Sometimes, it seemed as if she was angry at me, but I couldn't figure out why. One night, we were sitting at the dinner table and, out of nowhere, she said she didn't understand how I had any friends, since I was so mean. I knew reacting would make things worse, but I couldn't help snapping back at her.

The fighting continued. By high school, we'd escalated to name-calling and screaming. Although my dad hated the fighting, he just stayed out of it. I learned how to needle her with little comments, like "Mom, those jeans make your butt look flat." I'm not proud of the way I handled it, but at the time, it was how I protected myself.

Despite our crazy relationship, I missed her -- or the idea of her -- when I went to college, I would call her when I wanted advice about school or boys. My friends did that with their moms, so naturally, I thought I could do it with mine. But instead, inevitably, she'd ask whether I'd been working out or eating too much. I'd feel attacked and utterly deflated.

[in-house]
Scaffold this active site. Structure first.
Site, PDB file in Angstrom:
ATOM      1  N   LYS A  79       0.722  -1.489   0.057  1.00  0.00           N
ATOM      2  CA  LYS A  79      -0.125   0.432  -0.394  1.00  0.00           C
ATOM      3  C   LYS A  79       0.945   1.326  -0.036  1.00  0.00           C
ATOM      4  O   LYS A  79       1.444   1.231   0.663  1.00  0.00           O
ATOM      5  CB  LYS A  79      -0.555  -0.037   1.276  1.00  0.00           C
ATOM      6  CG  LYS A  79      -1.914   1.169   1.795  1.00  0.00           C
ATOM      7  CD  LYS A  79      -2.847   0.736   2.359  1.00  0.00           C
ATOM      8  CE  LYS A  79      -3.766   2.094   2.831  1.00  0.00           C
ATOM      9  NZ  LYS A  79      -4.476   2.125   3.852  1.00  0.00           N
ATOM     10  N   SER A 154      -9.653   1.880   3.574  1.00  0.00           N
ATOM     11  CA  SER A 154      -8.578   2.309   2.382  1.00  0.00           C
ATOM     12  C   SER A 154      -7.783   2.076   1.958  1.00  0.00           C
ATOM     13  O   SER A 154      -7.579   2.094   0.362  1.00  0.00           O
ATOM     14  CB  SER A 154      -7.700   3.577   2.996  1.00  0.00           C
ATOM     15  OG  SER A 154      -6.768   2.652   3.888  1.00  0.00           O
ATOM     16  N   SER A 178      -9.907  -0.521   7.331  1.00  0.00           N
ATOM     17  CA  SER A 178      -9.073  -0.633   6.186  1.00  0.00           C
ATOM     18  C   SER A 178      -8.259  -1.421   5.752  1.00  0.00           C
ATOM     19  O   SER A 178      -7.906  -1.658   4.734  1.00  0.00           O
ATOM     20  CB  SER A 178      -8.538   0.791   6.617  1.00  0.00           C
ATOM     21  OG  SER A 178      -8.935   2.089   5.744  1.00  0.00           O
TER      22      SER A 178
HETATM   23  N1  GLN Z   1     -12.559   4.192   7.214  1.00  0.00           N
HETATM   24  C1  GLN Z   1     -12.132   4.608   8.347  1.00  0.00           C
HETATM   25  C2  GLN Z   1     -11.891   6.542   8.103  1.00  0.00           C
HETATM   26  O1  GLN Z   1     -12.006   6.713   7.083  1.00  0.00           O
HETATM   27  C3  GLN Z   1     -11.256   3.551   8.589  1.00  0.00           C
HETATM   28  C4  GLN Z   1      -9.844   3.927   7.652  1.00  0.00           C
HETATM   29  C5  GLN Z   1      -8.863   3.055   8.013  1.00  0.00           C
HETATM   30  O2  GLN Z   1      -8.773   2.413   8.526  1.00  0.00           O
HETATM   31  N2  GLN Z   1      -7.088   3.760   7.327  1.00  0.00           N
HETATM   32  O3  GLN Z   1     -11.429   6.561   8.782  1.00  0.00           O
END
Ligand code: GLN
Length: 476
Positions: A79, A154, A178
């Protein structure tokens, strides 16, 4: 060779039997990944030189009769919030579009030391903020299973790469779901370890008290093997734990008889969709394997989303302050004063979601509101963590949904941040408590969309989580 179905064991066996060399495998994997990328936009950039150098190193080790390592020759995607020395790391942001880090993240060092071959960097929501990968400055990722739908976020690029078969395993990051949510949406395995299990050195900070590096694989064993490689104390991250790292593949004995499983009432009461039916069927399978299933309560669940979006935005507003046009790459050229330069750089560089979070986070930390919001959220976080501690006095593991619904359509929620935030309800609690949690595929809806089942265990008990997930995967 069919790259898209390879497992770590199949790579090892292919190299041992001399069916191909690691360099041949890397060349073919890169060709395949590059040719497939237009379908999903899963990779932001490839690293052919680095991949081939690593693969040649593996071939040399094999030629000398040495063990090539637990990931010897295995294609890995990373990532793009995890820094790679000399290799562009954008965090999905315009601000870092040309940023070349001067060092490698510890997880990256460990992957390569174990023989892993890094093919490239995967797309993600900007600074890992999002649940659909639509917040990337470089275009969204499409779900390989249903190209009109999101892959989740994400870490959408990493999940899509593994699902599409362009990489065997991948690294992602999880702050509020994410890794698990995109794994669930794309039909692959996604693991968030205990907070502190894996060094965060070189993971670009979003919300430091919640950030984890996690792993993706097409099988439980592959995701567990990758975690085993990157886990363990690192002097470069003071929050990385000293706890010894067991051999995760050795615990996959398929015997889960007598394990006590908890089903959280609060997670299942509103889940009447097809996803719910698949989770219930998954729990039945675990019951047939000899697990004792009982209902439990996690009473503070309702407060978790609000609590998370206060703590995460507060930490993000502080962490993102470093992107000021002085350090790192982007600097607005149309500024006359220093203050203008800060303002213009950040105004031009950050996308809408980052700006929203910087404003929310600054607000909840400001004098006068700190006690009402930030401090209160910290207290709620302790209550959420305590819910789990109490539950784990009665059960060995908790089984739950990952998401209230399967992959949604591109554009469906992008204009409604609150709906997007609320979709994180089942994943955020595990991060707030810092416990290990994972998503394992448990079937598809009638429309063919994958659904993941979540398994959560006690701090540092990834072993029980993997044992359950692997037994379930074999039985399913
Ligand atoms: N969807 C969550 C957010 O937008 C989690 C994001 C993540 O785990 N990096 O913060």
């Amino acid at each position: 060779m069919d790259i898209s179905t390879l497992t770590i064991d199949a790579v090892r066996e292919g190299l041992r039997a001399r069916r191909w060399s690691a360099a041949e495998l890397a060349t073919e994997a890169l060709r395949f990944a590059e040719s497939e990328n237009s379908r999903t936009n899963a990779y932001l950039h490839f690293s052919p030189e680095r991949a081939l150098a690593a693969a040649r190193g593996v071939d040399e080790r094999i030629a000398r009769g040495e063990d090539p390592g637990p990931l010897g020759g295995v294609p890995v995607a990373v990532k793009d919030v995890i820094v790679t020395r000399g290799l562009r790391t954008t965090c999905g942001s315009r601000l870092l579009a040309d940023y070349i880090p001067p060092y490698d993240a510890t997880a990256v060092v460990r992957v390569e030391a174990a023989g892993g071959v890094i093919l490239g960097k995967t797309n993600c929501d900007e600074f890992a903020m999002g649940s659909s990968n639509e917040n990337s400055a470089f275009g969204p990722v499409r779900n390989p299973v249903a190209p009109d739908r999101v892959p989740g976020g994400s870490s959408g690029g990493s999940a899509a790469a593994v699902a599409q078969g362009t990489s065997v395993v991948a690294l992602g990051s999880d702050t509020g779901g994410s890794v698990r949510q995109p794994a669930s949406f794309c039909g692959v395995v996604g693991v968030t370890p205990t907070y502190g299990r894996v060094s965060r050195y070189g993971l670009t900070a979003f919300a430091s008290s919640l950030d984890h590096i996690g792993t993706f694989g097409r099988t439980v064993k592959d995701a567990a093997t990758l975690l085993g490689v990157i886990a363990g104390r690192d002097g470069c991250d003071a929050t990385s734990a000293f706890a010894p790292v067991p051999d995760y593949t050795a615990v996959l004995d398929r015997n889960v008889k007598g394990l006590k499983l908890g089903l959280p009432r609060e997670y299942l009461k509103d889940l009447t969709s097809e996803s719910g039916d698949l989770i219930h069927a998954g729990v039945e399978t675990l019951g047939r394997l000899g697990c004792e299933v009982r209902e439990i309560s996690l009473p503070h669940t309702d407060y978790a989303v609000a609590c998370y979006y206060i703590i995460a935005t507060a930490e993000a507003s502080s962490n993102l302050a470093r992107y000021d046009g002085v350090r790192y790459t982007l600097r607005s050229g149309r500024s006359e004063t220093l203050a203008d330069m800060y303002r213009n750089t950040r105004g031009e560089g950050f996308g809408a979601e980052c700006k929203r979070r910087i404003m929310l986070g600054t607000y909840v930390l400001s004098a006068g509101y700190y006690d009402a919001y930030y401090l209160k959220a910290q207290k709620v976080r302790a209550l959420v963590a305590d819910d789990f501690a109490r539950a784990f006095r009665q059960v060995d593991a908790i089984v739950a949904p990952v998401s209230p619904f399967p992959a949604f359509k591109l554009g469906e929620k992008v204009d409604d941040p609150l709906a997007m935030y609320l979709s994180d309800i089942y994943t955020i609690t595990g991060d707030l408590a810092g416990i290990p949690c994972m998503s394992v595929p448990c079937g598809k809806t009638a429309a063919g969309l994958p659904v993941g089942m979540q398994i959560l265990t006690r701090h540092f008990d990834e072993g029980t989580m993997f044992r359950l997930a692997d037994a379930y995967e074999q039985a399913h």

During visits home, I would be on my best behavior. I tried a strategy where I'd pretend to be her house guest -- I would walk around gingerly and say "please" and "thank you". Usually, it lasted a few hours before I felt she was trying to sabotage my efforts to get along and I'd snap, taking on a bad attitude for the rest of the visit. I was devastated every time things dissolved into chaos.